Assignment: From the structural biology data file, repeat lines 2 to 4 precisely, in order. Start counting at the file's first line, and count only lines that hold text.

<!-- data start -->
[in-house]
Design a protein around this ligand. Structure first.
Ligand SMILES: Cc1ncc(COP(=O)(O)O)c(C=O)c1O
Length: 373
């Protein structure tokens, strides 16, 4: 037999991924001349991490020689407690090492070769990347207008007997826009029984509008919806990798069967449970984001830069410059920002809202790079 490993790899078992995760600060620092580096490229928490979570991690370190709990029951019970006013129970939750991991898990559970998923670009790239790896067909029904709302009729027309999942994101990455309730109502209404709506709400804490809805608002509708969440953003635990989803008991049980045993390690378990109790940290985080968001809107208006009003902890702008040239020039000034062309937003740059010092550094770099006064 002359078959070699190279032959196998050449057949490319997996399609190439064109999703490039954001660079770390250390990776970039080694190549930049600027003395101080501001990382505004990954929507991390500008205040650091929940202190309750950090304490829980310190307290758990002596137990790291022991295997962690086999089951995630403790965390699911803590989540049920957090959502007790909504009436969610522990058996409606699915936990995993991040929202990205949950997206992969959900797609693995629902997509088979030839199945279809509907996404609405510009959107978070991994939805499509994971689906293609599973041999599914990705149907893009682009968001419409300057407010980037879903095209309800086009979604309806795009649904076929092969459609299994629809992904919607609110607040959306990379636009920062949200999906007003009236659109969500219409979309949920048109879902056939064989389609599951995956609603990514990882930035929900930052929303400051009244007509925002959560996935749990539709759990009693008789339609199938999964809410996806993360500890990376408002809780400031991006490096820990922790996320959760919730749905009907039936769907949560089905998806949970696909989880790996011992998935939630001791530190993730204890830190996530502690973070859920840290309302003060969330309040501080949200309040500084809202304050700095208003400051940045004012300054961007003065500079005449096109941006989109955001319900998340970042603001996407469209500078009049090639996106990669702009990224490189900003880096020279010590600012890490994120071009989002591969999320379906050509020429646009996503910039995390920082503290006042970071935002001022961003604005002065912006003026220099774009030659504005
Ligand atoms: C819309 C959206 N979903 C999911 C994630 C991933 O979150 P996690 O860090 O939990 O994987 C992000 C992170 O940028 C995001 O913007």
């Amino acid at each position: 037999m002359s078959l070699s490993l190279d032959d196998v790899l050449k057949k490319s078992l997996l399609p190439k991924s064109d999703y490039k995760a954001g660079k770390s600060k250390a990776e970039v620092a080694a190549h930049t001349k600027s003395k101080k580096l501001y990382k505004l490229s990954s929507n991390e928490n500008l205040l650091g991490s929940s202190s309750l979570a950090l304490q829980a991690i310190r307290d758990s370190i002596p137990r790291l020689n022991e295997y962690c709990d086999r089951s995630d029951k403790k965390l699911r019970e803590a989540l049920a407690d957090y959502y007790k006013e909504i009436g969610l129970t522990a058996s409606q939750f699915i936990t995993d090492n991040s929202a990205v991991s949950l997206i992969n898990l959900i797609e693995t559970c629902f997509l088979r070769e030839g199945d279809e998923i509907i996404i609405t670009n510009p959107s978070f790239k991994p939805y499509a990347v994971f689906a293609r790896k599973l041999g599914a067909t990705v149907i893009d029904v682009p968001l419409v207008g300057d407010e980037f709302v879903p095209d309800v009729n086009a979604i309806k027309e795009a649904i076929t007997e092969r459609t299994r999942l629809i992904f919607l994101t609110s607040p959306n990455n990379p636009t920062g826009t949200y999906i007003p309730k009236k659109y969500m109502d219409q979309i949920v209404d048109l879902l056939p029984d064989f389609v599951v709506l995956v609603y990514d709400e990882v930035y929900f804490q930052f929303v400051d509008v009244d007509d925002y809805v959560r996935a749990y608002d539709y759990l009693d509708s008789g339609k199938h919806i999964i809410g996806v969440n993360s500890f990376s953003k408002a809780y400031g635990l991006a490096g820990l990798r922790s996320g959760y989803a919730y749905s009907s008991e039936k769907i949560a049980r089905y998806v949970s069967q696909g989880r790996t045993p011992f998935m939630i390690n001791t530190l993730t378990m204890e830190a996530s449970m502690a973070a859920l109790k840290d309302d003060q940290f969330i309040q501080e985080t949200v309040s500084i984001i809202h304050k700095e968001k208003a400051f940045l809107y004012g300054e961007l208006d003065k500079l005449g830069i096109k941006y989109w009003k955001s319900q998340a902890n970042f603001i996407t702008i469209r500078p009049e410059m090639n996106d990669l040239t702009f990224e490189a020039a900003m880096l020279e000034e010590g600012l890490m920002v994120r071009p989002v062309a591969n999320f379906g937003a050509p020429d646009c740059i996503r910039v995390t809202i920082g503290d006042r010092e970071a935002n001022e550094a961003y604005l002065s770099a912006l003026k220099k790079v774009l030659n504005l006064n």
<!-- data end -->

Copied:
Design a protein around this ligand. Structure first.
Ligand SMILES: Cc1ncc(COP(=O)(O)O)c(C=O)c1O
Length: 373